Dr. Koven, in this occasional paper, posits that kinetic counterterrorism (CT) actions undertaken by the state to kill, capture, or otherwise disrupt terrorist groups are ineffective in isolation. While kinetic actions may succeed in disrupting a specific plot or other activities in the immediate term, they have little long-term effect on the ability of terrorist groups to operate. This study, backed by data from Colombian CT efforts over several years, demonstrates that government CT activities leading to the capture, killing, or demobilization of terrorists are correlated with an increase in terrorist attacks following a government’s actions. Moreover, this study reasons that government actions also serve to diffuse terrorist attacks into surrounding municipalities. Although kinetic CT actions may appear effective insofar as terrorist violence in the immediate vicinity of the CT actions decreases, if terrorism is displaced to other areas, this is not truly indicative of success. Dr. Koven's research suggests that successful CT approaches will require carefully sequenced kinetic and non-kinetic approaches.
Countering terrorism is very hard. Countering it across global and regional geographic boundaries is even harder. Also, as increasingly powerful technologies become available to terrorists, the consequences of failing to surmount their adaptiveness and agility become much larger. It is vital to recognize that, despite some very impressive progress that the United States and the international community have made in combating terrorism since 9/11, we still struggle as a global community with the creation of durable, permanent solutions, and outcomes against it. This important publication urges consideration of how we might be able to find better pathways, better solutions, and better designs into the future. The future will not wait for us.
Patrick Paterson’s monograph, Training Surrogate Forces in International Humanitarian Law: Lessons from Peru, Colombia, El Salvador, and Iraq, leverages the author’s vast experience in Latin American history to examine how U.S. Special Operations Forces (USSOF) train surrogate forces. He argues that it is necessary to employ United States Special Operations Command’s (USSOCOM) indirect approach to grow and build partnership capacity through foreign internal defense (FID) and to find a balance with international humanitarian law (IHL). Paterson also examines the legal issues and restrictions on training and equipping foreign forces and the impact of these exchanges with our partners. His research methodology includes extensive interviews and incorporates a historical case study approach, examining FID efforts in Peru, Colombia, and El Salvador for lessons learned, and then compares and contrasts USSOF train and equip efforts in Iraq.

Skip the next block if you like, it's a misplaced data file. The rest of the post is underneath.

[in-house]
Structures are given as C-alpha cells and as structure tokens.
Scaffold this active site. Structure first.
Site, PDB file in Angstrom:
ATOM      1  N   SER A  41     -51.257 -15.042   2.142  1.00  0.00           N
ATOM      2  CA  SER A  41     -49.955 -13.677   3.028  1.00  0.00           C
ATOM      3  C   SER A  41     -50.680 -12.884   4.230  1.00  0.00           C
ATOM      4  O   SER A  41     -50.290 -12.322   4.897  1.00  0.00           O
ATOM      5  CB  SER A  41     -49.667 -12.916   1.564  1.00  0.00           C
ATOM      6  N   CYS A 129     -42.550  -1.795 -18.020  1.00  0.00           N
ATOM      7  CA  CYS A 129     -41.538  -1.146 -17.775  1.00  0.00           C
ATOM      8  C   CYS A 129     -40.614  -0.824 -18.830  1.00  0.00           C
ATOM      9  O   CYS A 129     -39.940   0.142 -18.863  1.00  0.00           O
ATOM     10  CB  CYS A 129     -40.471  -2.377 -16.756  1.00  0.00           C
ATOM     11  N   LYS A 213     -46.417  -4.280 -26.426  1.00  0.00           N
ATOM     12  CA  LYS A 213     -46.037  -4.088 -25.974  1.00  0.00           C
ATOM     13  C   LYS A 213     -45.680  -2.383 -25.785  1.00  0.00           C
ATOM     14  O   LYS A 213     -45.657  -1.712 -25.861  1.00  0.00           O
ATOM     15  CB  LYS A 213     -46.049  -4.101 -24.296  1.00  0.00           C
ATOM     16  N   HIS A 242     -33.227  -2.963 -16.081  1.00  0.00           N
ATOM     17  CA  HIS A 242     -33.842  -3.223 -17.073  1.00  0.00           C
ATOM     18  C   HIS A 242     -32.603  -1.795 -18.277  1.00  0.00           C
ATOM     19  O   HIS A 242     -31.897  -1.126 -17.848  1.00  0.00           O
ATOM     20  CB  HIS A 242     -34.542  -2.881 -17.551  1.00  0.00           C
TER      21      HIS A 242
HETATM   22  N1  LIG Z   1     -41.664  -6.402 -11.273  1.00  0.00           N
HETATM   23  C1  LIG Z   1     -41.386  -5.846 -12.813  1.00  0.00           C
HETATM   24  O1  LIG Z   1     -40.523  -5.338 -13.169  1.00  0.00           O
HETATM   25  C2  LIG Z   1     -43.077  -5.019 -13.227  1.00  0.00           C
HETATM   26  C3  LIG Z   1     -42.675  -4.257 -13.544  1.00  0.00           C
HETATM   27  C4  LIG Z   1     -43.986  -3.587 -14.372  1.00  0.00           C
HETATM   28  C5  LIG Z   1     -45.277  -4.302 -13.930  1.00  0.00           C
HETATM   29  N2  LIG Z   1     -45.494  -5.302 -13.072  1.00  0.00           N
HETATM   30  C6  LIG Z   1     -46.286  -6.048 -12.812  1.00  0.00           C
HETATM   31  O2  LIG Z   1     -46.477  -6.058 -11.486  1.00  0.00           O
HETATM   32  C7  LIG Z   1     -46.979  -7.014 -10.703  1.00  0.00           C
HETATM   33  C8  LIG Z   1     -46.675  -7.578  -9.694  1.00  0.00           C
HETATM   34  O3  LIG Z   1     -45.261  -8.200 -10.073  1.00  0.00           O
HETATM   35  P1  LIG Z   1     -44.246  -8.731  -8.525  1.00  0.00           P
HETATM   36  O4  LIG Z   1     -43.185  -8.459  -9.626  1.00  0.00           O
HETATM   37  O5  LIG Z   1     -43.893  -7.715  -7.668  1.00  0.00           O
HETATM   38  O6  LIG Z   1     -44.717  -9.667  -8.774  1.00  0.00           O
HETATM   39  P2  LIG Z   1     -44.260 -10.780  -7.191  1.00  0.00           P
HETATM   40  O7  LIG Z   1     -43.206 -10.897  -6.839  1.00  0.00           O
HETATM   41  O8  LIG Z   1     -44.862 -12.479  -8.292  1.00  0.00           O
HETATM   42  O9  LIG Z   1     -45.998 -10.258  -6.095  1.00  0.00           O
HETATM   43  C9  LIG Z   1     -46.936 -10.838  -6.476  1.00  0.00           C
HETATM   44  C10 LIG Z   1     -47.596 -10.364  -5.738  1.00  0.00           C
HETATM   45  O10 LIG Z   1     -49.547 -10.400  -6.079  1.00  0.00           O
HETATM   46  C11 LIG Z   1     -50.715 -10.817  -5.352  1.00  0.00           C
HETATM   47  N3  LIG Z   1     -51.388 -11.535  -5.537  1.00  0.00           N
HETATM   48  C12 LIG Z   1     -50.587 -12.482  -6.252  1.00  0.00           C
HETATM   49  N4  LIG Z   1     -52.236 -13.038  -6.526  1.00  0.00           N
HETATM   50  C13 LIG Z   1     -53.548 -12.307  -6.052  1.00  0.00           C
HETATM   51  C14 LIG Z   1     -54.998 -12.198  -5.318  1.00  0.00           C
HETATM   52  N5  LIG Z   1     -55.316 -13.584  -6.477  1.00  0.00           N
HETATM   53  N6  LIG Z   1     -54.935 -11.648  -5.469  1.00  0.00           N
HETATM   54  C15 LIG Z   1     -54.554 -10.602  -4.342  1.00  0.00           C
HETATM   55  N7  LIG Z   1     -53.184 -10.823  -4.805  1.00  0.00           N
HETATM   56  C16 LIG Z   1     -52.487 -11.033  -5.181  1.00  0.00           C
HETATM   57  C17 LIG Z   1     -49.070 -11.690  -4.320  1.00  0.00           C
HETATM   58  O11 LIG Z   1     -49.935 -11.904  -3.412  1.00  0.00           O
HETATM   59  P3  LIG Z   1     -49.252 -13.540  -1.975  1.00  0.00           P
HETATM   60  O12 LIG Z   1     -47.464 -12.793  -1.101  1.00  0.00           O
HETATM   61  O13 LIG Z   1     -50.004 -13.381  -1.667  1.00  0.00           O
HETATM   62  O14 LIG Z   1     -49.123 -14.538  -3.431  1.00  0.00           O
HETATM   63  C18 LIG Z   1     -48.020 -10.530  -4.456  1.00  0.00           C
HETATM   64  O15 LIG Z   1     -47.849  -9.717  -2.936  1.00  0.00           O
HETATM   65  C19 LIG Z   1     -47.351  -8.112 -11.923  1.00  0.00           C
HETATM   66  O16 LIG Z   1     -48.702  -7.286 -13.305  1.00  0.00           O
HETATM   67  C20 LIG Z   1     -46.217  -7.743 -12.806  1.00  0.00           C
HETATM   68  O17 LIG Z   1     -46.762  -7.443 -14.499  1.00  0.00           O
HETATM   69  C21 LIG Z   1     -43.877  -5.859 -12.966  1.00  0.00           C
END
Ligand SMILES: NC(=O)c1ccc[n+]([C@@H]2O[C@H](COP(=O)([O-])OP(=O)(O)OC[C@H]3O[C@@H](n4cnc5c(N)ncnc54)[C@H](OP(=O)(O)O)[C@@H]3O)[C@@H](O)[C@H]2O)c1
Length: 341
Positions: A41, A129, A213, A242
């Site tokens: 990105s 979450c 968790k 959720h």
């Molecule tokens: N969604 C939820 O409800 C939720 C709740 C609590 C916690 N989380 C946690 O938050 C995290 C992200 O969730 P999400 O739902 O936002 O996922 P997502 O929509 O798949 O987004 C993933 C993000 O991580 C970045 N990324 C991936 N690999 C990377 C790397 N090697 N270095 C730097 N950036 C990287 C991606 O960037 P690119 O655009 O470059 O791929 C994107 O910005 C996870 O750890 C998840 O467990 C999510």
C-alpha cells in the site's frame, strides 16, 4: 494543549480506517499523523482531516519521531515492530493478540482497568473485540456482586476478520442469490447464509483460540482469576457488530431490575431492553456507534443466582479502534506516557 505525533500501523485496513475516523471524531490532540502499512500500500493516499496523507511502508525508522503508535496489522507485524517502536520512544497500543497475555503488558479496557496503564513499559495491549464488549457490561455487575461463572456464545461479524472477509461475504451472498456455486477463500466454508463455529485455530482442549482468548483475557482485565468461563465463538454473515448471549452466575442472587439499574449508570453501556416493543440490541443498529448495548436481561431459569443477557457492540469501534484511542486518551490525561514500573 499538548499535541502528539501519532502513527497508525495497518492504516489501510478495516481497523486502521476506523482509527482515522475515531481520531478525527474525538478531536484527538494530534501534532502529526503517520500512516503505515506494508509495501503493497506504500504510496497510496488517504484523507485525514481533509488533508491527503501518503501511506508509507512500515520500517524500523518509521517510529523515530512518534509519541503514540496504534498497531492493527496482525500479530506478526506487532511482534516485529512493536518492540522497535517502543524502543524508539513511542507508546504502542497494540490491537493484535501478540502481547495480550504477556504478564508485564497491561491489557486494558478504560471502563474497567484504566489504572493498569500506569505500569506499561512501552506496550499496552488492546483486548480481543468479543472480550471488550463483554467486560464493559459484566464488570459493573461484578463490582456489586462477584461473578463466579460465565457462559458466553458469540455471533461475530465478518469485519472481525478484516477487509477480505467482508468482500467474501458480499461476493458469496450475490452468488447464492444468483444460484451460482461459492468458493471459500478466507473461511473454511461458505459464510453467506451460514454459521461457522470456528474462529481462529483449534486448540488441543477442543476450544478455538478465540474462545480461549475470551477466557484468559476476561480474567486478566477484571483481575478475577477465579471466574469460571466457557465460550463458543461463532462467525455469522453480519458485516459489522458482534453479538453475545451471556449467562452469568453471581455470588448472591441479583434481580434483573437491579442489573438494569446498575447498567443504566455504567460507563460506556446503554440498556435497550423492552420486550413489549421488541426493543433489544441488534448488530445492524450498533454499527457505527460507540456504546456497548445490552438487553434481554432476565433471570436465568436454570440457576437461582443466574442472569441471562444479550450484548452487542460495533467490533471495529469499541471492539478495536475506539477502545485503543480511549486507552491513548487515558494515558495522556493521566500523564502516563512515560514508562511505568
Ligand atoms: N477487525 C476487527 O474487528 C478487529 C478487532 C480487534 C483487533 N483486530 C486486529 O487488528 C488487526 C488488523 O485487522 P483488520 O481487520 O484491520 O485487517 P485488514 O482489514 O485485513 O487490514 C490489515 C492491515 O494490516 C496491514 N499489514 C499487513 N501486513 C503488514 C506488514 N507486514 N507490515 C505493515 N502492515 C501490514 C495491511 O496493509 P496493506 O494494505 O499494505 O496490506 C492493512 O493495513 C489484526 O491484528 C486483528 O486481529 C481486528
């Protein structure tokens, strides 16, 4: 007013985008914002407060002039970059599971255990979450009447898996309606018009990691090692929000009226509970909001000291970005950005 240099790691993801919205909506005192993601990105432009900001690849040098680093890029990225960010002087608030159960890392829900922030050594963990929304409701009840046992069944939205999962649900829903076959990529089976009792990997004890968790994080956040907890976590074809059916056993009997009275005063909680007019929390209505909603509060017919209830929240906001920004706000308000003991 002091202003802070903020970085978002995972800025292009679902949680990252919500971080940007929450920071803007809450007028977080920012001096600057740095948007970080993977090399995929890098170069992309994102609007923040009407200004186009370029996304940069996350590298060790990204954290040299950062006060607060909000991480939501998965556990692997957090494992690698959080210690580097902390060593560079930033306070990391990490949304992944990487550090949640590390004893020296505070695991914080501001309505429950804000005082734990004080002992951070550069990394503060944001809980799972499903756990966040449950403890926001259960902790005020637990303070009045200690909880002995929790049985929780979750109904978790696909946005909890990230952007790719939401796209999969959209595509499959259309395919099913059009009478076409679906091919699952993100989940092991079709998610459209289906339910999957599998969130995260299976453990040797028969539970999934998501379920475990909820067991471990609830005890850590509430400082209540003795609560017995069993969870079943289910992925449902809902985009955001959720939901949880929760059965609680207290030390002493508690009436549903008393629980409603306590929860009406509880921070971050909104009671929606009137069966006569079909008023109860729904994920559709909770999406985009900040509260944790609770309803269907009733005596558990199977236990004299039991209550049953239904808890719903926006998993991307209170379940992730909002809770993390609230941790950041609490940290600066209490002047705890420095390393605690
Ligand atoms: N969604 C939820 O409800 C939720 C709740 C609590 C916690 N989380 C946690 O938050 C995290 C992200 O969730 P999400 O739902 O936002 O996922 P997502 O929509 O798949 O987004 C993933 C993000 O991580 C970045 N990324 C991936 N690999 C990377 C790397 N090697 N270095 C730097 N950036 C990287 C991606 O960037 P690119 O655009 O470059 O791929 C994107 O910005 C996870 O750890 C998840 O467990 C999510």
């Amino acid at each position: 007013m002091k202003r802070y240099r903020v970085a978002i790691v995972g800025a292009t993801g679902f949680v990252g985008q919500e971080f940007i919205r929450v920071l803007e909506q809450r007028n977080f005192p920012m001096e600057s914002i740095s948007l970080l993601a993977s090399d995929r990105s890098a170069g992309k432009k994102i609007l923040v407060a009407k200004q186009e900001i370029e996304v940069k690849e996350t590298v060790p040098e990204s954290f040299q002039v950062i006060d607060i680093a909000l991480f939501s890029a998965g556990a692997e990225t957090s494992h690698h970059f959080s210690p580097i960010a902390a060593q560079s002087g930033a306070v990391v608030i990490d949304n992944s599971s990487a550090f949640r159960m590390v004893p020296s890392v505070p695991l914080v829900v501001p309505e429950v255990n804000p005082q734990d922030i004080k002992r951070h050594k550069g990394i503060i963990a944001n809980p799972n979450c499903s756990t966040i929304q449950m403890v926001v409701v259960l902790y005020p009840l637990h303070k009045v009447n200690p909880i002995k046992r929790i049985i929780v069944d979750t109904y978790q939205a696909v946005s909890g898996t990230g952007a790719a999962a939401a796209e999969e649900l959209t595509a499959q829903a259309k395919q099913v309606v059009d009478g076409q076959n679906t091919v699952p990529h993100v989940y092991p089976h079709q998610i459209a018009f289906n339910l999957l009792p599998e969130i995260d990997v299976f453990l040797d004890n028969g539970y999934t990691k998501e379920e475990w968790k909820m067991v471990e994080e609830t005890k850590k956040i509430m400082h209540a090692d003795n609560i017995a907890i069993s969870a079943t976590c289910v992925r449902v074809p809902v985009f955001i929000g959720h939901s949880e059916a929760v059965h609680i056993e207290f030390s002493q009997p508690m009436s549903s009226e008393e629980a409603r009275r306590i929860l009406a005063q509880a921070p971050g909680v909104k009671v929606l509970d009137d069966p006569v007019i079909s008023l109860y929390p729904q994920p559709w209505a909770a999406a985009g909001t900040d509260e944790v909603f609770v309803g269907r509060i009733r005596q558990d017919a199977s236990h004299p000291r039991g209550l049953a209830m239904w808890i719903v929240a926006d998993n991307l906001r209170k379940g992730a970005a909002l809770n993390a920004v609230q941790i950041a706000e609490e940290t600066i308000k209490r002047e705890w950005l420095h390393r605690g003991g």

SOF Role in Combating Transnational Organized Crime, edited by William Mendel and Dr. Peter McCabe
In April 2015, military and civilian personnel from Canada, Mexico, and the United States came together at Colorado Springs, Colorado, for a symposium hosted by U.S. Special Operations Command-North and facilitated by Joint Special Operations University and Canadian Special Operations Forces Command. Their task was to examine the role of Special Operations Forces (SOF) in combating transnational organized crime (TOC). The panelists and plenary participants set to work considering a wide range of issues attending to the TOC threat. After the Symposium concluded, panelists and speakers synthesized the results of their research and panel discussions in articles for publication—those articles are found in the chapters of this report of proceedings. The implication for SOF is they must continue to train to meet the strategic challenges ahead. This will require forward-deployed units that are engaged with their counterparts in host countries because TOC is both a threat to, and a result of, weak, emerging democratic governments that benefit from engagement. Readiness to conduct all SOF core activities will remain a priority.